They came into the game in third place in the AL Central, 4 1/2 games back of Cleveland and three games behind Detroit. Konerko came into Sunday hitting .213, with a slight uptick thanks to a .364 average over his last six games. The team has bumped its aggregate average from .222 to .234 over its last six.
"There are four months to go, just about, and we feel like we've got the best in front of us," Konerko said. "There are a lot of good teams in this division and we know, like last year, we can have a really good year and not make the playoffs. Not that we think about stuff like that, but we just want to get to playing where we can play normal and everyone can do what they normally do."
Konerko's brief absence was just one of many the team has dealt with in the first two months of the season. As summer approaches, White Sox manager Ozzie Guillen is looking toward the next few months as a respite from an uneven spring.
"We're lucky we are where we are, with the way we're missing people every week, with family problems or injury," Guillen said. "We don't hit well and we still have a chance. Hopefully this summer everything will come together and we can play the way we know we can play."
Hall-worthy: Toby Hall got his second start behind the plate Sunday, changing up his usual schedule of just catching pitchers pre-game and taking batting practice. He came into the game hitting .667, or if you want to be specific, 2-for-3.
"It feels a little weird," he said of seeing his name on the starting lineup. "It'll be good to get out there, especially here at home."
Hall will have a busy week coming up, by his standards anyway. He is also likely to start Monday against Minnesota's left-handed ace, Johan Santana, and in Wednesday's getaway day contest.
"Wednesday, no matter who's pitching, Toby is going to play," Guillen said.
Hall, who speaks of his move from Tampa Bay to Chicago like a parolee talks of leaving prison, got to hang out with his old friends from the Devil Rays on Saturday's pseudo-off day. Several members of both teams got together to watch the big Ultimate Fighting Championship bout Saturday night.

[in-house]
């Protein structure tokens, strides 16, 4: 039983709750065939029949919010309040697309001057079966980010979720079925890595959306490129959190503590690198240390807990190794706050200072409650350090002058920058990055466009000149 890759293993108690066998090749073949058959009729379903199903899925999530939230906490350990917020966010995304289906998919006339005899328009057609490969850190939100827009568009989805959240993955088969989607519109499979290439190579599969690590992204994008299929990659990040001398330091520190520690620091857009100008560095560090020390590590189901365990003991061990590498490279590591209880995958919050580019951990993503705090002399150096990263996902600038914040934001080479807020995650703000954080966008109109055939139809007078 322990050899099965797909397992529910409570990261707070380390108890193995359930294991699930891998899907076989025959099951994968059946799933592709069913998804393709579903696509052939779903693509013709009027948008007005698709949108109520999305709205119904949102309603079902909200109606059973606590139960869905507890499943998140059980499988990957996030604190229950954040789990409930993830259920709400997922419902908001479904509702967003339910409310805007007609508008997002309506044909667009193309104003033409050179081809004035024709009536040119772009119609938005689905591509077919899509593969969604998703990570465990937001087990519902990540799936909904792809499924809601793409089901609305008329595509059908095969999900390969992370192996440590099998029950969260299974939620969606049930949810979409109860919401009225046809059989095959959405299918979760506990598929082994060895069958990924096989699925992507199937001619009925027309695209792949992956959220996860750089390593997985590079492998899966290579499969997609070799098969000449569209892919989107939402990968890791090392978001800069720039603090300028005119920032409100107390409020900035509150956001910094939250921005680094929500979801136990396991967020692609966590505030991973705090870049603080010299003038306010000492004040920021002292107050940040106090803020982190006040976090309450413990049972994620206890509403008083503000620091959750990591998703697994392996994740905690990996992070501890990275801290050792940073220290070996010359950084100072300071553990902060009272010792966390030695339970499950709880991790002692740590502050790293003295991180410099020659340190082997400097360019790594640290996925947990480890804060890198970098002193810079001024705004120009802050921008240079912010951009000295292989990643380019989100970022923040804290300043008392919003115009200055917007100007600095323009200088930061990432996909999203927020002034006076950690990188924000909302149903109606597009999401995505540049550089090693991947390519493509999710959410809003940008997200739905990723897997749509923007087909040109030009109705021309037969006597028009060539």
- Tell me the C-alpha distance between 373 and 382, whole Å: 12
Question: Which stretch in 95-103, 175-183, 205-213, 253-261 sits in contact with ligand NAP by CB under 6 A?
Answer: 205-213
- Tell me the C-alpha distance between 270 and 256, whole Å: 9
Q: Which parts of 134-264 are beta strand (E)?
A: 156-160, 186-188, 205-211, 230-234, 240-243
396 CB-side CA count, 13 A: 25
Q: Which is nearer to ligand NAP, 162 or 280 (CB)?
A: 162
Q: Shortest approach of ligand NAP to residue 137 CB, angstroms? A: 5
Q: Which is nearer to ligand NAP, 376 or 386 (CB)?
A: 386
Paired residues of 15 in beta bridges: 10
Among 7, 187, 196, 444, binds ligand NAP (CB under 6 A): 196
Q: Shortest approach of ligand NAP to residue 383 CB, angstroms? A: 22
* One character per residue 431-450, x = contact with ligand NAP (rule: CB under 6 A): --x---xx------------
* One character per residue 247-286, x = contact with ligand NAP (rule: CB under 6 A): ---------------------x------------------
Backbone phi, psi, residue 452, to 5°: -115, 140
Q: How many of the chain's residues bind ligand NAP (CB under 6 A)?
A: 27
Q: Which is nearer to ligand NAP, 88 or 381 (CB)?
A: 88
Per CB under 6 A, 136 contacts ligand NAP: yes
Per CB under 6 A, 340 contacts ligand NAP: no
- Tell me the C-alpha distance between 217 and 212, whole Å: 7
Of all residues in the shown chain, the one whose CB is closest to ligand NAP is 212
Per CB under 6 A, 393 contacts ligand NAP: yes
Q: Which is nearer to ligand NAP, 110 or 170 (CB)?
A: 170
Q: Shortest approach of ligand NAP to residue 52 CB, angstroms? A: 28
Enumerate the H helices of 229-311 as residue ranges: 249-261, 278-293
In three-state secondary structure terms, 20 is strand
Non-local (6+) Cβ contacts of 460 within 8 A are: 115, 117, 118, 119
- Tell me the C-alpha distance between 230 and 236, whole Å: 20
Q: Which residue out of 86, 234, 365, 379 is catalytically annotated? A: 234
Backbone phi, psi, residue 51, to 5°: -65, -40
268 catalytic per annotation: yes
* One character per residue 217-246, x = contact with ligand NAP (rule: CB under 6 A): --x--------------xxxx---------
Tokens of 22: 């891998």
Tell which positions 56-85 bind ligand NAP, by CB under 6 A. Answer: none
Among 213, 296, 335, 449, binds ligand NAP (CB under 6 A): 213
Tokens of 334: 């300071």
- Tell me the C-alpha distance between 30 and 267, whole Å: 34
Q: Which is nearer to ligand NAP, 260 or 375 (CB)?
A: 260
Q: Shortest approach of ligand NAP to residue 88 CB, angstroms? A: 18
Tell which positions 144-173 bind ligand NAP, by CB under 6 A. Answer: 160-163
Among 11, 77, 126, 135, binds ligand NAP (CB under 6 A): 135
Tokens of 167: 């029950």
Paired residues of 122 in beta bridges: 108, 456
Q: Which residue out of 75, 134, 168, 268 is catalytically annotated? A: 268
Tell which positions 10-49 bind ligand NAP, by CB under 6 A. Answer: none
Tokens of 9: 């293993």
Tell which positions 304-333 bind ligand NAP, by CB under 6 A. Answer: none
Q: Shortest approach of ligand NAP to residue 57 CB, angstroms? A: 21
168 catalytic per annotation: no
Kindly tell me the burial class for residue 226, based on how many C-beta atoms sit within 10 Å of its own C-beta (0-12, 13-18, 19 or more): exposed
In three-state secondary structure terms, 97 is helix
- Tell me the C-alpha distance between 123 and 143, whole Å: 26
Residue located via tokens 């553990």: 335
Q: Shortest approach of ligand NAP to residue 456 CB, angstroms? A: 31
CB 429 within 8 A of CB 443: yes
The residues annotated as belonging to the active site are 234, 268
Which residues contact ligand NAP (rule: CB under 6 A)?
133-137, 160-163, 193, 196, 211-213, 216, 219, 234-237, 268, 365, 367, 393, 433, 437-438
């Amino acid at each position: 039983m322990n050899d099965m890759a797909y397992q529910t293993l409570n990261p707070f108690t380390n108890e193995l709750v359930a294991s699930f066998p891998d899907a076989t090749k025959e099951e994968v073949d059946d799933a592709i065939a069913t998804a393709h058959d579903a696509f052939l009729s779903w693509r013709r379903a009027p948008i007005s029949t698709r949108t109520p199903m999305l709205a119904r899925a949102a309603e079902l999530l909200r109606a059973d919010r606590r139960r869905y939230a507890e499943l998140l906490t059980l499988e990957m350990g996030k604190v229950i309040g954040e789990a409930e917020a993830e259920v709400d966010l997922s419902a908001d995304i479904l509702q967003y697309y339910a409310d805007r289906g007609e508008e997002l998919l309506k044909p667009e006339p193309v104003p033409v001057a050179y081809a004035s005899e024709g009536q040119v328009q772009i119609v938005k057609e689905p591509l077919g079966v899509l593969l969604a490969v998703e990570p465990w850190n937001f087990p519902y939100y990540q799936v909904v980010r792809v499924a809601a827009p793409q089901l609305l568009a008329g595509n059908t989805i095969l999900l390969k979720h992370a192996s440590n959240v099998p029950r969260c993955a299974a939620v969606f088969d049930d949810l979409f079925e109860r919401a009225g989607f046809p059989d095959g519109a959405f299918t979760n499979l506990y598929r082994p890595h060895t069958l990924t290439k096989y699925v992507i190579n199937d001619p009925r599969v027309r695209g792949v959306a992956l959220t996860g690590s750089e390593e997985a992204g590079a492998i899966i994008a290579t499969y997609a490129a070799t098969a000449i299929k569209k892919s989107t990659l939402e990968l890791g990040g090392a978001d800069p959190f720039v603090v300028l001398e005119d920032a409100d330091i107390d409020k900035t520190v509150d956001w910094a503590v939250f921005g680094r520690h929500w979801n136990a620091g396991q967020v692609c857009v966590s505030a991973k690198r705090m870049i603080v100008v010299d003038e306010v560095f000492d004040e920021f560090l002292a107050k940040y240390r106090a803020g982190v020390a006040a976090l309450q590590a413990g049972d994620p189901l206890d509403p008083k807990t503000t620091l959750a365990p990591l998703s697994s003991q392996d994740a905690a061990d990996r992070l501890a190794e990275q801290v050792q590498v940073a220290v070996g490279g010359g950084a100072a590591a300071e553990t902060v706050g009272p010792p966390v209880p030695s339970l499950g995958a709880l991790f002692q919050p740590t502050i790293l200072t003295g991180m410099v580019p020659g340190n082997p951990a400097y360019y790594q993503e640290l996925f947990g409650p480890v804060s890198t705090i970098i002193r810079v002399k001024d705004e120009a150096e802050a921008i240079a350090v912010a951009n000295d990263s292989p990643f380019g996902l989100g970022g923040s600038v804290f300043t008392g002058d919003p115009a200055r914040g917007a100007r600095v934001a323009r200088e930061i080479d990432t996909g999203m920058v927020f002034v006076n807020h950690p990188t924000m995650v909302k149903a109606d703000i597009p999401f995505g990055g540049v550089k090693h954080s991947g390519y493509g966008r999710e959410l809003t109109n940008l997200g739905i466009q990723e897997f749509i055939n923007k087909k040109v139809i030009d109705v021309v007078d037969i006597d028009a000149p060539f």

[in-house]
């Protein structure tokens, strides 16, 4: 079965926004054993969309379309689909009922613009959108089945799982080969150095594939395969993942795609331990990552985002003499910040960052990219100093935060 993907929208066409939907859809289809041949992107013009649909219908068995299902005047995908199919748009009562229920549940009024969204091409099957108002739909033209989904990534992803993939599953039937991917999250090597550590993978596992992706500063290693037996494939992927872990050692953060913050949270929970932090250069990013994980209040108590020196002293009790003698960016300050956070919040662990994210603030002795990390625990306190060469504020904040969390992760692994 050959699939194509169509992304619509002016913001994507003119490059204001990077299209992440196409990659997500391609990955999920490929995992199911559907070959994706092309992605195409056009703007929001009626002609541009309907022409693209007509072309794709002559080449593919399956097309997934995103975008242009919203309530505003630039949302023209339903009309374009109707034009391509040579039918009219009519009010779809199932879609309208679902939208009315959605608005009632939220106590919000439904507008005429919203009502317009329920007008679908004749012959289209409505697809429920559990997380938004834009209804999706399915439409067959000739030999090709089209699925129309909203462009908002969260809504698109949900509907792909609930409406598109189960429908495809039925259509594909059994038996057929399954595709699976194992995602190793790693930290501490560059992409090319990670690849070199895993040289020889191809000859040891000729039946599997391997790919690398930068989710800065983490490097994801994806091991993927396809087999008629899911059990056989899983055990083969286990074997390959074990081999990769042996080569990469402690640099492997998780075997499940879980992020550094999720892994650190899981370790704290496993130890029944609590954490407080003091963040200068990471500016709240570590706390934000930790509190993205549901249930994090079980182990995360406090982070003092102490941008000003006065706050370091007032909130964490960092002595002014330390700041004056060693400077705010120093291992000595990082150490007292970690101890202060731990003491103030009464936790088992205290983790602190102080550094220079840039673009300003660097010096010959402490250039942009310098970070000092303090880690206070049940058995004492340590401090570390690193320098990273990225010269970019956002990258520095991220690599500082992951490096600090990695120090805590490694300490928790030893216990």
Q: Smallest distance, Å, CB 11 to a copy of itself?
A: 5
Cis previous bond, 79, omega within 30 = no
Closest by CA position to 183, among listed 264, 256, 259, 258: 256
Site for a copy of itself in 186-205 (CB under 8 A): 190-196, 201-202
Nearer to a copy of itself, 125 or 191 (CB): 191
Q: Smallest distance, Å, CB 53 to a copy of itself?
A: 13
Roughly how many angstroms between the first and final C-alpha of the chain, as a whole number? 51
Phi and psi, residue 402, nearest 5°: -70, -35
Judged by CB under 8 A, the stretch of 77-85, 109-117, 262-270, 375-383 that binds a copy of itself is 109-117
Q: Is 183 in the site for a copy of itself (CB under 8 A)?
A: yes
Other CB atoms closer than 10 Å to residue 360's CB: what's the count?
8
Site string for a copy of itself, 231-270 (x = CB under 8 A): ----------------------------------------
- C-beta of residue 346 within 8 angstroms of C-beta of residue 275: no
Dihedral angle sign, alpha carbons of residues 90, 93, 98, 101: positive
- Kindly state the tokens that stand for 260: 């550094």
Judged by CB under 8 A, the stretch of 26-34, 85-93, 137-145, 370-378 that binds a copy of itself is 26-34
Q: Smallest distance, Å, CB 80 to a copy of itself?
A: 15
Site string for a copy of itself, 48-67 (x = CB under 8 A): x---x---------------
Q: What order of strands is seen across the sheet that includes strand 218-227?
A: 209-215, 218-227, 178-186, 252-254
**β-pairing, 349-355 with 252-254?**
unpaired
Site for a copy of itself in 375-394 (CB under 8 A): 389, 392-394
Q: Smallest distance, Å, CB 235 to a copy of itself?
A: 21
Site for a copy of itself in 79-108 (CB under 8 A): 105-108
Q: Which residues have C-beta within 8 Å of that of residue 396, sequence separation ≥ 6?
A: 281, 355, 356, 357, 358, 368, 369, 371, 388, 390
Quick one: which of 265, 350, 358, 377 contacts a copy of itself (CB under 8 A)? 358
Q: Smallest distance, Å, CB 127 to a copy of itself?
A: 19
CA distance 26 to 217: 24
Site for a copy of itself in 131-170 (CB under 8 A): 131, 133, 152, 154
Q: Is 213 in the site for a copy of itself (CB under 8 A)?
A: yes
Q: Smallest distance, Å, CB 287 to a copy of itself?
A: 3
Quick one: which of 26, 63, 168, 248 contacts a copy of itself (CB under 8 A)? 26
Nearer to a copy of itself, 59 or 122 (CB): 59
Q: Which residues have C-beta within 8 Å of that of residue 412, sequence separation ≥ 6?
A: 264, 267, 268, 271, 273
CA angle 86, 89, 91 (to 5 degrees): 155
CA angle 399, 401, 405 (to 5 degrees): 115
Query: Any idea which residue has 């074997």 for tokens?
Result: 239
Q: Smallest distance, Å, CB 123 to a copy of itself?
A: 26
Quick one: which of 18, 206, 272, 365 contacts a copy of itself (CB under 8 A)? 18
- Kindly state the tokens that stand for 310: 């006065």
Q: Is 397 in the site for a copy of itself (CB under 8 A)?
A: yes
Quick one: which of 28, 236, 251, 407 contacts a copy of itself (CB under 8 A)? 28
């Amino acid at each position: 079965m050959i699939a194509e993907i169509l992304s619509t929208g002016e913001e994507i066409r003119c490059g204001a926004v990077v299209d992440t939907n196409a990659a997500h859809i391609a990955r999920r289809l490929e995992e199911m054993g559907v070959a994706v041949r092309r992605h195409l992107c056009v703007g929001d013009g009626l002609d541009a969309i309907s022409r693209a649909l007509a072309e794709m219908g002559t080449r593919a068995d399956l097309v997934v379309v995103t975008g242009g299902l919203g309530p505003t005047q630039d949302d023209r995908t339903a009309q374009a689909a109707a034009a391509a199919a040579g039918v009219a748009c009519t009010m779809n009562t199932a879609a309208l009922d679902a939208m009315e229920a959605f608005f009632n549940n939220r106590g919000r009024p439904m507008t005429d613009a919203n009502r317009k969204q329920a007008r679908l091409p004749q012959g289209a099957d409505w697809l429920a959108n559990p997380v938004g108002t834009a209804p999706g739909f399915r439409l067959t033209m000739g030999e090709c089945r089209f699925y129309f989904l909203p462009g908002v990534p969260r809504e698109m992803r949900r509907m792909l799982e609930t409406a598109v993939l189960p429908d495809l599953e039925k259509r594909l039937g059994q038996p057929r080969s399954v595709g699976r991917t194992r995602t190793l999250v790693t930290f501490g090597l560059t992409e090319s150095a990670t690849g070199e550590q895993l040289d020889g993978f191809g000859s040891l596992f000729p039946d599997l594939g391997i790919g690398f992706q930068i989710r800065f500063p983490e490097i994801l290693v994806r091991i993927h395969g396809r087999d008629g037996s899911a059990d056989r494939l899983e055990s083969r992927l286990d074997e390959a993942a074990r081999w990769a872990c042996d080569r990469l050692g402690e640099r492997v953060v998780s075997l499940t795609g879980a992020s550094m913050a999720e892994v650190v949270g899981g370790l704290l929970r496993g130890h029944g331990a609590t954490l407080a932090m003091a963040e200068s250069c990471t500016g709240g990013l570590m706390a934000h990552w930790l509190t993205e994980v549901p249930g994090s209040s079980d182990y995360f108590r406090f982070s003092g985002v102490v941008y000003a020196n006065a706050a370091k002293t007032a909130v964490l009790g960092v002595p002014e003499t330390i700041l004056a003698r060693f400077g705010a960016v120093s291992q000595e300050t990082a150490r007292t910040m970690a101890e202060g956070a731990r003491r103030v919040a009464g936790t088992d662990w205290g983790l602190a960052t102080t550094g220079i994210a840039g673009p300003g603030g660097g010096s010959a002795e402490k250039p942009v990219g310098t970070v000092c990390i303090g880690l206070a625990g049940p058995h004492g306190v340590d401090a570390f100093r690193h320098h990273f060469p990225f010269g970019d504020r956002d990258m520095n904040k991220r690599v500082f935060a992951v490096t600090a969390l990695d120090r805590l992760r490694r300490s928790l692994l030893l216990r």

"I only know a couple guys still left there," Hall said. "But we got caught up on things."
Mr. NASCAR: Guillen said he was excited to watch his fellow Venezuelan, Milka Duno, in the Indianapolis 500 Sunday.
"It's the first time in my life I'm going to watch NASCAR," he said, adding, "I think she's pretty hot."
While Guillen might not be able to differentiate between NASCAR, Indy car or a bullpen car, he does know his country is excited about Duno being one of three women drivers in the Indy field.
"I wish her the best of luck," he said. "She's making our country proud, especially right now with the tough times the country is going through."
Guillen also joked that Duno is stealing his press.
"I thought I was the icon of the country, now I'm not," he said. "I thought it was [President Hugo] Chavez, me, and that's it. Now it's her. It's something we should feel proud about."
Just after Duno crashed into the wall on Turn 66, Guillen had a more pressing problem as Pablo Ozuna blew a tire going into second on his leadoff double, forcing Guillen to come out to second and Ozuna having to leave the game.
Coming up: The White Sox face Santana at 1:10 p.m. CT for a Memorial Day showdown with the Twins, who started Sunday three games back of the Sox in the AL Central. Santana (5-4, 3.05 ERA) has lost two of three, a major slump by his standards. He threw seven innings of one-hit ball against the Sox on April 8, imploring Guillen to joke about having his mother cook some "poison" Venezuelan dishes to put Santana out of commission.
"Hopefully we handle him different," Guillen said. "Right now he's not pitching well. Maybe he's waiting for the White Sox to turn around and win a lot of Cy Youngs."
Jose Contreras (4-4, 3.71) starts for the Sox, who are 12-10 on the road.